POINT TO PONDER
Losers visualize the penalties of failure. Winners visualize the rewards of success.
- William S. Gilbert
In 1985 Jim Carrey was one of many out-of-work actor/comedians in Los Angeles. Carrey's situation was dire: he was a high school drop out who was broke, depressed, and didn't have any foreseeable prospects on the horizon.
Years later, when Carrey was a success, Jim famously told Oprah that no matter how tough it might have been, he would never give up on his dream. He'd drive up the hill on Mulholland Drive to overlook the city on nights that were particularly rough. On those drives Carrey would tell himself that he was already a success, visualizing directors contacting him to be in their films and people telling him how much they loved his work.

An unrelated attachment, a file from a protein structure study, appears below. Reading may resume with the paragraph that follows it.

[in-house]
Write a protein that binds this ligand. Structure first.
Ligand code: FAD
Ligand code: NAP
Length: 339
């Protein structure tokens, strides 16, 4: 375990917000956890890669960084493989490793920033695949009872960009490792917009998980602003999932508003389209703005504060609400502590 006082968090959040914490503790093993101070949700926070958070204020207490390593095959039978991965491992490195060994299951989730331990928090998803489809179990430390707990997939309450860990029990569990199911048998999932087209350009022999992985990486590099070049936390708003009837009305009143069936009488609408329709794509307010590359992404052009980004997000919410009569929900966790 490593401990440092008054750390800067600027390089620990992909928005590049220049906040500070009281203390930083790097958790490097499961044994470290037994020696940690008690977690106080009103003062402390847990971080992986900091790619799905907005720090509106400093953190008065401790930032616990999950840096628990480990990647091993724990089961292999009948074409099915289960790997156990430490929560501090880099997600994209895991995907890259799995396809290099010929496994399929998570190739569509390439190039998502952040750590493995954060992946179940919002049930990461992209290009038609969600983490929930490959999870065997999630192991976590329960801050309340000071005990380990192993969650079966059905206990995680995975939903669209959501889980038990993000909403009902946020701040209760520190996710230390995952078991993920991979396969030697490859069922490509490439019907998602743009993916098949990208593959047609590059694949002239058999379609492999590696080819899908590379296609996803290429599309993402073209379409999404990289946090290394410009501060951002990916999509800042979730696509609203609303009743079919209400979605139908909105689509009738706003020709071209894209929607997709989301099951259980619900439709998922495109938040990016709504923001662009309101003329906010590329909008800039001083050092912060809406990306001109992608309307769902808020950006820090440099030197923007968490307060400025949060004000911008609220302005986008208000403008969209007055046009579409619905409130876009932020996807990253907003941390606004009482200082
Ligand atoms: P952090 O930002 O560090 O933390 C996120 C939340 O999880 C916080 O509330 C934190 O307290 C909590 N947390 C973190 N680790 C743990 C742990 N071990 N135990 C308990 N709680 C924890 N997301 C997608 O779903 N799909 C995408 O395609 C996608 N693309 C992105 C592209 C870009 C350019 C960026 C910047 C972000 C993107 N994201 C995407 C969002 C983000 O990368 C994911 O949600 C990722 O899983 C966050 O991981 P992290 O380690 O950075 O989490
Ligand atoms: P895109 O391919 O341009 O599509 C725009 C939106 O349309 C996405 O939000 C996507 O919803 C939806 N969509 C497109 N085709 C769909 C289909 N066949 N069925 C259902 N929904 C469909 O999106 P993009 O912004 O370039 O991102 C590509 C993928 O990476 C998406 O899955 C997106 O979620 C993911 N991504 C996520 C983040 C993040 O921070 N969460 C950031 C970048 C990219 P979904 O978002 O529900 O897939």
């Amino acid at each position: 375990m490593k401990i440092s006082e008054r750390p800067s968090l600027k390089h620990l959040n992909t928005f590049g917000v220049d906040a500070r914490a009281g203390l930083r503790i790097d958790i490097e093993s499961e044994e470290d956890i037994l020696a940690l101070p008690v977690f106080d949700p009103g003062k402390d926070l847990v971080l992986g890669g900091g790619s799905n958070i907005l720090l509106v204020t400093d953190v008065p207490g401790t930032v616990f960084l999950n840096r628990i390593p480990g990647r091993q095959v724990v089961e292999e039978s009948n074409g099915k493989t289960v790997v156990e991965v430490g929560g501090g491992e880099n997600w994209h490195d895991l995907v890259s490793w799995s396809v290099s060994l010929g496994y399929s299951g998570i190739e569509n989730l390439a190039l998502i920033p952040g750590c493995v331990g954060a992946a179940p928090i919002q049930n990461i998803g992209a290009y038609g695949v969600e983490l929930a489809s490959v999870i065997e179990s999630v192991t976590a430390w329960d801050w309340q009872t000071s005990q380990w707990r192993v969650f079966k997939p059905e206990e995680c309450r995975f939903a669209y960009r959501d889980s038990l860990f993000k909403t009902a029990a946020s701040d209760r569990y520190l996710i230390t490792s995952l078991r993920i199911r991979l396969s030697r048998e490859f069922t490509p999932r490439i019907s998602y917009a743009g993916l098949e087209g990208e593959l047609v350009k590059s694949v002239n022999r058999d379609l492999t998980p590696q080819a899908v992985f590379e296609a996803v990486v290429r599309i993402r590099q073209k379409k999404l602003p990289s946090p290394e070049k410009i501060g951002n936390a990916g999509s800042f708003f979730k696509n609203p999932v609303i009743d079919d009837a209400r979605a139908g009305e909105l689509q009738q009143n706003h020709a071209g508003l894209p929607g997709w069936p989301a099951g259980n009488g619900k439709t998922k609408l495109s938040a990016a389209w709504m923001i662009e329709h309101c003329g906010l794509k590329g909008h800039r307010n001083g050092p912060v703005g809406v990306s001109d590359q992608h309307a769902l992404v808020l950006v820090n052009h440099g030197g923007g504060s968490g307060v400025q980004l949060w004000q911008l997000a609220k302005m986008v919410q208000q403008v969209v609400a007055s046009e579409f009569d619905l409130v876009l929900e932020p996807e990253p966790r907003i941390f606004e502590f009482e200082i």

He refused to give in to the challenges and hardship he faced. To prove his resolve, Jim Carrey pulled out his checkbook (in which he didn't have any money to begin with) and wrote himself a check worth 10 million dollars for "acting services rendered." He then post dated the check for Thanksgiving day in 1995. He then folded up the check and put it in his wallet and carried it around with him every day fully believing he was a success.
Over the years the check deteriorated but just before 1995, Carrey learned that he was going to make 10 million dollars on the film Dumb and Dumber for 'acting services rendered.'